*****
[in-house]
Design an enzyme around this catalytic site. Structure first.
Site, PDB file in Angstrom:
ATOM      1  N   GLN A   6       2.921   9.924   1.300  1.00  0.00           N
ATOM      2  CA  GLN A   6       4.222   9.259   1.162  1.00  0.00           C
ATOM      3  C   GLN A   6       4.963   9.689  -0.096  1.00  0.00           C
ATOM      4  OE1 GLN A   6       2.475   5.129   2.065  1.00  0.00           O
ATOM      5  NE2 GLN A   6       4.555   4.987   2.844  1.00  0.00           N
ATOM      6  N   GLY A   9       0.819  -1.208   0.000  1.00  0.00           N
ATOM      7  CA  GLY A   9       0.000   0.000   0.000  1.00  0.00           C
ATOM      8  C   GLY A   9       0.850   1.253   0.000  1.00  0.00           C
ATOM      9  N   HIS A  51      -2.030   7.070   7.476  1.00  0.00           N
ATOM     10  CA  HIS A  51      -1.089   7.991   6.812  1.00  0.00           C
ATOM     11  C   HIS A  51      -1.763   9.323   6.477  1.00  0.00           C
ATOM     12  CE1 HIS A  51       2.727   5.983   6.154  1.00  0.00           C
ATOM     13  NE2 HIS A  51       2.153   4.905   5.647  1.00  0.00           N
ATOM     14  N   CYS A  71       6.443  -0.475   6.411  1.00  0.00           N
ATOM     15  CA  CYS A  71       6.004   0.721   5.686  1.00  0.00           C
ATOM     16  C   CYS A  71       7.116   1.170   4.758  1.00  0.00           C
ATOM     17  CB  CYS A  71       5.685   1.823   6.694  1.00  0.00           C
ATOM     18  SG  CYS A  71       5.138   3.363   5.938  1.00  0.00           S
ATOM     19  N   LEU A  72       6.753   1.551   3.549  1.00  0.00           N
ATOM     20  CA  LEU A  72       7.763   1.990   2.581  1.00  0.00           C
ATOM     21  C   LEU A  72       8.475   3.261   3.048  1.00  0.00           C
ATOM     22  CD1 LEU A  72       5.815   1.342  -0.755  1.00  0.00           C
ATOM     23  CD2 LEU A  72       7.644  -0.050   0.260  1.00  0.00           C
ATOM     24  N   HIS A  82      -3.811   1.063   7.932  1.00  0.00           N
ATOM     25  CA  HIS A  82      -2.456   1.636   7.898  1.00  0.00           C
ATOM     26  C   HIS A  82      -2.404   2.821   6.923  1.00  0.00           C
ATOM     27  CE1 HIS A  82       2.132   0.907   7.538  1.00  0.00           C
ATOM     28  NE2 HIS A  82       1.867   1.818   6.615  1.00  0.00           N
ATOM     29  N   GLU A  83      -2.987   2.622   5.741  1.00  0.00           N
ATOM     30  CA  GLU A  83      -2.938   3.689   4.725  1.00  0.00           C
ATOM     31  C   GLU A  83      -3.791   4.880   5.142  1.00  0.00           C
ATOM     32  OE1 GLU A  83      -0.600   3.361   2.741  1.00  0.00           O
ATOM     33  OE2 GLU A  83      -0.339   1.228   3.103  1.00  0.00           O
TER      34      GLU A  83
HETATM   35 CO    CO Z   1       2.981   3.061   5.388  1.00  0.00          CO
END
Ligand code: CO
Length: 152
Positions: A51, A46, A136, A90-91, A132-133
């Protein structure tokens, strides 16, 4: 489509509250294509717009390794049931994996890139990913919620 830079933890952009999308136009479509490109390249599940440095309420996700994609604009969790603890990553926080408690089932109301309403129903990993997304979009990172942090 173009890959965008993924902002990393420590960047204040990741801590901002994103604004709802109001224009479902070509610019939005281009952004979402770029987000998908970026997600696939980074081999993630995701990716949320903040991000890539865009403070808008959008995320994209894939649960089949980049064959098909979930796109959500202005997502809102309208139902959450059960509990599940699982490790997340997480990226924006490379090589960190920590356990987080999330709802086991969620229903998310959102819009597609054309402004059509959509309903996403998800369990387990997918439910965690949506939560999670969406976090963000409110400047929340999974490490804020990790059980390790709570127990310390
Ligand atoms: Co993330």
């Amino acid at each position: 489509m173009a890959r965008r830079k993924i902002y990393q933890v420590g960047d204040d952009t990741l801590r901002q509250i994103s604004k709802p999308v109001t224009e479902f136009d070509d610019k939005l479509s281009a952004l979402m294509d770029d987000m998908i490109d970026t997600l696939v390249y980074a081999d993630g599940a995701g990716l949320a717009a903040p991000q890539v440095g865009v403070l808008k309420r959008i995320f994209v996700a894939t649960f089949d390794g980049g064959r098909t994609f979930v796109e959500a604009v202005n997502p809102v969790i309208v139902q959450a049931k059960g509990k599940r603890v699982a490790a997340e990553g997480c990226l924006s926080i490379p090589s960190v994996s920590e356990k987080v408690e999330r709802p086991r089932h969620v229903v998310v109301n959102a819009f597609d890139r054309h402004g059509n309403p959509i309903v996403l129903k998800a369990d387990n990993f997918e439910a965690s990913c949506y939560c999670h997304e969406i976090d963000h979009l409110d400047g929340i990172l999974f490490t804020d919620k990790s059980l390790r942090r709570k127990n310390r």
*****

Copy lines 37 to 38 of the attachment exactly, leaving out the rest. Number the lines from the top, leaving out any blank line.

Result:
TER      34      GLU A  83
HETATM   35 CO    CO Z   1       2.981   3.061   5.388  1.00  0.00          CO